Dr. Val Farmer
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Men, When It Comes To Sex, Less Can Mean More

January 20, 2003

Here is a common marital complaint I encounter in my counseling practice.

"My husband misinterprets my hugs and caresses as an immediate invitation to the bedroom. I deliberately have to withhold my affection and loving warmth from him to protect myself. It's not what I want but I don't know what else to do."

"At other times he is 'all hands.' He tries to fondle me while I'm busy in the kitchen or wherever. If I allow any degree of intimacy, then he gets turned on and expects more than I want or am in the mood to give. He has no sense of timing nor awareness of what I'm doing or how I'm feeling.

"I fight off his advances and he thinks I'm rejecting him. He's hurt, angry and frustrated. We don't communicate well on the subject. Gradually I see he is pulling away from me. How do I get through to him that it doesn't need to be this way?"

Sex as a relationship barometer. Sexual activity is a sensitive barometer of how well things are going in the relationship. Marriage needs a dynamic, vital, mutually satisfying sexual life to be really happy.

Whatever frequency of lovemaking is mutually agreeable should be dependable. Generally if the frequency is less than every three weeks to a month, then problems develop. On average, married couples make love on the order of once a week.

If you’re not getting along, are too angry or too indifferent to one another, then lovemaking becomes difficult and falls off. It is a sign that the relationship needs work.

Sometimes there are physical reasons for inadequate arousal or sexual dysfunction. These problems should be discussed with a medical doctor.

The difference between sexual fulfillment and affection. The advice I give to men is to pay attention to the total relationship. Daily love makes a difference. Sexual fulfillment and affection are different needs.

Affection is the expression of love and care through words, hugs, tender touches, cards, gifts, expressions of endearment, romantic surprises and countless courtesies. These expressions communicate interest, the value of the relationship, and concern for a partner's well-being. Showing affection is another of saying, "I am crazy about you."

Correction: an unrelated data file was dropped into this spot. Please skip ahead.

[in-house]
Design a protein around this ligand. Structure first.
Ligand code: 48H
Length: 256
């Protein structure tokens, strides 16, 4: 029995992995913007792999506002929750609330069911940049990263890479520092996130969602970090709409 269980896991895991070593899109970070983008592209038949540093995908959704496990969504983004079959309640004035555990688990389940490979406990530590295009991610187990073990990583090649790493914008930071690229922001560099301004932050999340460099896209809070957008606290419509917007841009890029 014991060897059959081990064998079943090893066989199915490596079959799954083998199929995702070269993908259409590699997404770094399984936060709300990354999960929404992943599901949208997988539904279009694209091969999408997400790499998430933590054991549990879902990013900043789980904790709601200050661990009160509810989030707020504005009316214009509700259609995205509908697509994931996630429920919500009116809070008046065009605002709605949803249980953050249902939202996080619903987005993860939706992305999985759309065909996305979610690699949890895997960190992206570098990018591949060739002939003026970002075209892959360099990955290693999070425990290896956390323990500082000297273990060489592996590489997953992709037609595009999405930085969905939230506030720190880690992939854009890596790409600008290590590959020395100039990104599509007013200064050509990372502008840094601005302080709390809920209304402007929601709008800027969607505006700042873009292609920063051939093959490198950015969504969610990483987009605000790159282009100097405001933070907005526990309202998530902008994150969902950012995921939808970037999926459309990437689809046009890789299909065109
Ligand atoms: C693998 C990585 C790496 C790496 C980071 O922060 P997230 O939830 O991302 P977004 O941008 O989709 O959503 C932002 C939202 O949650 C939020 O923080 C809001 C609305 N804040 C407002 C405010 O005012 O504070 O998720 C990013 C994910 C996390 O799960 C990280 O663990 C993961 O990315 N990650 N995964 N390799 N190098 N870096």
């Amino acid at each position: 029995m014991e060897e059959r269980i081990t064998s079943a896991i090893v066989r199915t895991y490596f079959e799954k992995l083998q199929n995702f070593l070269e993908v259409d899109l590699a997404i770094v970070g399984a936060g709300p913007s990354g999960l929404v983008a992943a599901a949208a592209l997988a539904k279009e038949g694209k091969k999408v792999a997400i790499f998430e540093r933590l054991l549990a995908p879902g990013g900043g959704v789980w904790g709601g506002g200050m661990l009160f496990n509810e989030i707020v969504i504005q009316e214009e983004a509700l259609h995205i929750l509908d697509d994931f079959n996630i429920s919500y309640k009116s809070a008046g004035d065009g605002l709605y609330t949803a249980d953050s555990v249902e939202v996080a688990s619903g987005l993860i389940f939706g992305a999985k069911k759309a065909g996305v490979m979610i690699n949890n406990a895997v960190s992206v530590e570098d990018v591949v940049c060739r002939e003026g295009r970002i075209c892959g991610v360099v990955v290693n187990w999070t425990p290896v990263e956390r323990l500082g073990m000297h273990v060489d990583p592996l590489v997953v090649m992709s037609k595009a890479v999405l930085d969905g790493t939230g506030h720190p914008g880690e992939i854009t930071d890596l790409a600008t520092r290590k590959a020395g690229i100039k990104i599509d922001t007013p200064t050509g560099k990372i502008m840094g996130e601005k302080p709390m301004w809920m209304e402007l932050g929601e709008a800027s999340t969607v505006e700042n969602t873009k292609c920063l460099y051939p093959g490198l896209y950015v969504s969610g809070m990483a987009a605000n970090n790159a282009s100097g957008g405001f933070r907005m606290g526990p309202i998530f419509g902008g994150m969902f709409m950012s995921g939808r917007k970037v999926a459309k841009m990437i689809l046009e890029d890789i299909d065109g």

Being loving, considerate, thoughtful, kind, helpful and giving has more to do with female sexuality than trying to arouse her physically. These are habits that can be learned.

Ask what your spouse wants in the way of affection and find out what to avoid. If she knows you know what she wants and you don't do it, it will be taken as a sign you don't care. Her "wiring" isn't as direct as a male mistakenly thinks or hopes it is. Her mood, energy level, worries, schedule, privacy and if she is feeling loved and cherished all figure in.

Showing love on a daily basis makes a big difference. What happens before the bedroom door closes is what counts. It's big turnoff to a woman if her husband expects to make love despite what has happened that day or evening.

Declaring love off limits. Some males feel that if they aren't continually pressuring their wives, they won't have any sexual intimacy at all. Their logic is that this is the time they might get lucky so it is worth the hassle or the rejection.

They don't realize what a turnoff their pressure is. Their wives feel like sexual objects rather than human beings with rights and feelings. When a woman says she doesn't like something (being pestered by unwanted sexual touch, groping), take her at her word. Repeating the intrusive behavior also tells her that you don't care.

If men could back off and allow sexual relations to occur naturally and in concert with their wife's mood and interest, intercourse would occur more often.

With trust that lovemaking will happen on a fairly predictable basis, then advances aren't necessary. By understanding when and under what circumstances are appropriate, constant "hustle" can be dropped out of the relationship.

It is helpful and quite powerful when the woman occasionally takes the initiative and communicates her interest. To turn things around, I suggest limiting intercourse to once a week.

The wife is committed to seeing it happen. She is given control over the timing and circumstances either through her receptivity or initiative.

Sexual holiday. This is the key. The rest of the time is a guaranteed sexual holiday where flirting, hugs, kisses, hand-holding, touches, caresses, back rubs, etc. are enjoyed for their own sake. Sexual foreplay is not affection. There should be clear communication between an affectionate gesture and a sexual overture. Don't blur the two and the amount of affection will jump astronomically.

A couple can enjoy affection without tension of pushing for or parrying off lovemaking. A woman can turn on her warmth and friendliness and receive the non-sexual affection that is important to her. It doesn't take men long to figure out that the friendliness, love and warmth are well worth the restraint they show.

The emphasis on non-sexual affection and playfulness adds to the total relationship and creates loving marriage - and in the long run, a better and a more loving sexual relationship.